7 Interesting Facts About Colonial Williamsburg

Colonial Williamsburg is a great place to visit any time of the year, but we especially love to see it all decked out for the holiday season. Its 18th-century-style Grand Illumination is especially exciting with a torch-lit parade and lots of fireworks! Want to know more about Williamsburg year-round? Here are 7 interesting facts about Colonial Williamsburg:

  • Williamsburg was a “planned city.” Duke of Gloucester Street was intentionally cleared to be the central street through the town, and then buildings and streets were built according to a blueprint.
  • William & Mary, the nation’s second oldest college, is located in Williamsburg. Its Wren Building is actually the oldest university building in the United States.
  • The first hospital for mentally ill patients in North America, The Public Hospital for Persons of Insane and Disordered Minds, was located in Williamsburg. It admitted its first patient in 1773. The hospital is now the DeWitt Wallace Decorative Arts Museum.
  • 88 of Williamsburg’s original structures were preserved in the development of Colonial Williamsburg. More than 450 modern buildings were demolished in the first nine years of its restoration to maintain its authenticity.
  • The private foundation that runs Colonial Williamsburg has a Code of Ethics for all employees, board members, and volunteers. It implores them to “act professionally with honesty and integrity” and outlines their famous dedication to providing an authentic experience for visitors.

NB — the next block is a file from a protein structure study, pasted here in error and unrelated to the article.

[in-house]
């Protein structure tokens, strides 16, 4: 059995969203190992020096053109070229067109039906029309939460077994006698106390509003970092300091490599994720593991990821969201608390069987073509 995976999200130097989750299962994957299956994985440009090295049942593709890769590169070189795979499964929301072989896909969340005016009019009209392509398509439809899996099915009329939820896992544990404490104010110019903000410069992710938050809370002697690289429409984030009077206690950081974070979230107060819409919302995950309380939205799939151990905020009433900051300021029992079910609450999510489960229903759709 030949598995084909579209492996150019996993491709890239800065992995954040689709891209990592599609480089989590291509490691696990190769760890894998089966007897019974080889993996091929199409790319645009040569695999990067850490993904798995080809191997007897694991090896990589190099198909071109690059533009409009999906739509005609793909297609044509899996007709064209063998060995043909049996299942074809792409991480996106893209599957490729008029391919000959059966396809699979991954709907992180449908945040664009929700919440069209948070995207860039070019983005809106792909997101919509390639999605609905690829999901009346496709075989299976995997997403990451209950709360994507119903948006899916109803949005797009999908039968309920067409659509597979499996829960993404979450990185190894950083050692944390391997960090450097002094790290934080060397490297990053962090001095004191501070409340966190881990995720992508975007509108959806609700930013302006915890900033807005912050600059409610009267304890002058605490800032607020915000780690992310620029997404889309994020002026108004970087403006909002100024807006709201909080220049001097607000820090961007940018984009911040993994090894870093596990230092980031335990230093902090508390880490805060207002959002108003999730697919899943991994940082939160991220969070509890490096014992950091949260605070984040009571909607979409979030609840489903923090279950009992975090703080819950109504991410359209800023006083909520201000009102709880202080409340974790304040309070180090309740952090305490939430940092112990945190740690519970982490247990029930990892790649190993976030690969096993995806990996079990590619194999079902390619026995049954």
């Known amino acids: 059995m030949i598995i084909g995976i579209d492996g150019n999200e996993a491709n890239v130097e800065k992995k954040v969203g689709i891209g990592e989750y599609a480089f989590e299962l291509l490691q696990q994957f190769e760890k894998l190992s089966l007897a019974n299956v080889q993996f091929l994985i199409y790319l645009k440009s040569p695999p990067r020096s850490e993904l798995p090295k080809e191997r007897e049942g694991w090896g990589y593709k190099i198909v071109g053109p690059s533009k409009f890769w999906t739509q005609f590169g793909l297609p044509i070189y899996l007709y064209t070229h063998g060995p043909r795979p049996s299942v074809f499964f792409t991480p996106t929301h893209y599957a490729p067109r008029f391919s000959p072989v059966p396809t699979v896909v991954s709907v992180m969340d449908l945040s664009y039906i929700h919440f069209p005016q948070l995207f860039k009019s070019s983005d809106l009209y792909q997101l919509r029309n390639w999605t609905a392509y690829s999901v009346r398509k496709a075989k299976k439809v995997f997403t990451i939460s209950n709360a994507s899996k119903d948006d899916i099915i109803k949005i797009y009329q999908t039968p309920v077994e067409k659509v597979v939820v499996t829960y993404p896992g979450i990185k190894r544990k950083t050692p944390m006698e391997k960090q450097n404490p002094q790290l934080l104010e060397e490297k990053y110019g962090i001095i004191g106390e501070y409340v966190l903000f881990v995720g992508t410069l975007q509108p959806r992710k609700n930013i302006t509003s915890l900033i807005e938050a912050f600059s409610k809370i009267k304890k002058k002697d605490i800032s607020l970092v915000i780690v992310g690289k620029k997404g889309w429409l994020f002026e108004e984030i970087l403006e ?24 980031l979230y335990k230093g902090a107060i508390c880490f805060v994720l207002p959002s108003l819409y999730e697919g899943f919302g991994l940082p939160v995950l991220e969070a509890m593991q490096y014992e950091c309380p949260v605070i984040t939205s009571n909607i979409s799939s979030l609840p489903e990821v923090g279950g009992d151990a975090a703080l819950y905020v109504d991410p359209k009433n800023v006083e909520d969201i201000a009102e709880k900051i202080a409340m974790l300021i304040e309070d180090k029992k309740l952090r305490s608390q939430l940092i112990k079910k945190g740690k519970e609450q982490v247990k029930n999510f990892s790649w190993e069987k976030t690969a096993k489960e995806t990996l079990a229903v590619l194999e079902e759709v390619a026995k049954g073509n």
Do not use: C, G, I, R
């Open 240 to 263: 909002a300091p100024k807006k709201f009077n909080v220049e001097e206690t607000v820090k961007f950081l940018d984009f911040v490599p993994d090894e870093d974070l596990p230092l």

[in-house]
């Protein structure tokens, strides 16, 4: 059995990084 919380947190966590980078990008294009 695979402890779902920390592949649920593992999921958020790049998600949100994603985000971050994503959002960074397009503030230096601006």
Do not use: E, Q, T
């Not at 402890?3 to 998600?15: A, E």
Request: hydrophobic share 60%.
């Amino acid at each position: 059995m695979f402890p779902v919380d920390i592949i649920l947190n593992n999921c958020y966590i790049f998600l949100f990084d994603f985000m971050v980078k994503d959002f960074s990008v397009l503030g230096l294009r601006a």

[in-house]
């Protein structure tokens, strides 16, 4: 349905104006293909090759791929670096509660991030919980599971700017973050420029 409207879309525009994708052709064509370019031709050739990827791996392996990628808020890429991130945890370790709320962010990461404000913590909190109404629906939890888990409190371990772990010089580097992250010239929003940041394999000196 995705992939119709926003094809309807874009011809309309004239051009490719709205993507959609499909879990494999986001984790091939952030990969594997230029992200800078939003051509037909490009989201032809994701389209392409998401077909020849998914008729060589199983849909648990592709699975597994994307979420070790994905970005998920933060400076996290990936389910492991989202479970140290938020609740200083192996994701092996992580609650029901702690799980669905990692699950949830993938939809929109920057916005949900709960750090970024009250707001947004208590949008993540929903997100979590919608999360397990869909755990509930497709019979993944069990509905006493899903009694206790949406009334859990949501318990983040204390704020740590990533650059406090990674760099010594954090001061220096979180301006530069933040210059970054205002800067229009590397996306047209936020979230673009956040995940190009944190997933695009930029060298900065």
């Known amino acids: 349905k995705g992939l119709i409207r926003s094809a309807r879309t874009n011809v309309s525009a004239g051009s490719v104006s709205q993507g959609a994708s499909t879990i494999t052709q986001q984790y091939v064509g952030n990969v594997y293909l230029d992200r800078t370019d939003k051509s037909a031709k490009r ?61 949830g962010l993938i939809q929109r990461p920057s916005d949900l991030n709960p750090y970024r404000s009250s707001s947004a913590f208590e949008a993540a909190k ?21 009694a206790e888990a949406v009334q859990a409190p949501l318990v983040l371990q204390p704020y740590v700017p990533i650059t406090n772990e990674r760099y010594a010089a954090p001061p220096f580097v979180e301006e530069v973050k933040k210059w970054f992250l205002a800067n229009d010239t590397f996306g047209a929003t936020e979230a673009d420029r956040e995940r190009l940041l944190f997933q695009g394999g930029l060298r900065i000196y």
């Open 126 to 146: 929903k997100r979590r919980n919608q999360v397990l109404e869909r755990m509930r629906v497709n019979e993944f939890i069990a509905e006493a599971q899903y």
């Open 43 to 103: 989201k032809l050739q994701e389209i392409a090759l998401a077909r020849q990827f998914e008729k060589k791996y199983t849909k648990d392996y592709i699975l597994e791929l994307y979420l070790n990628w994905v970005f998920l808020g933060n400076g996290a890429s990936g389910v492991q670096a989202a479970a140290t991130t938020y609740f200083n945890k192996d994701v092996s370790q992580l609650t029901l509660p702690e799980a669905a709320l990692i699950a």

• In 2016, Colonial Williamsburg had approximately 2,500, roughly double of the town’s population during the Revolutionary era. Williamsburg also utilizes the services of more than 800 volunteers.
  • The Peyton Randolph house, built in 1715, is said to be one of the most haunted homes in America, and one of several supposedly haunted spots in Williamsburg, making the town a popular spot for history buffs and ghost hunters alike.

Ready to explore Colonial Williamsburg? Learn more about our Colonial Williamsburg programs, as well as visiting Colonial Williamsburg as part of a Washington, D.C., itinerary.

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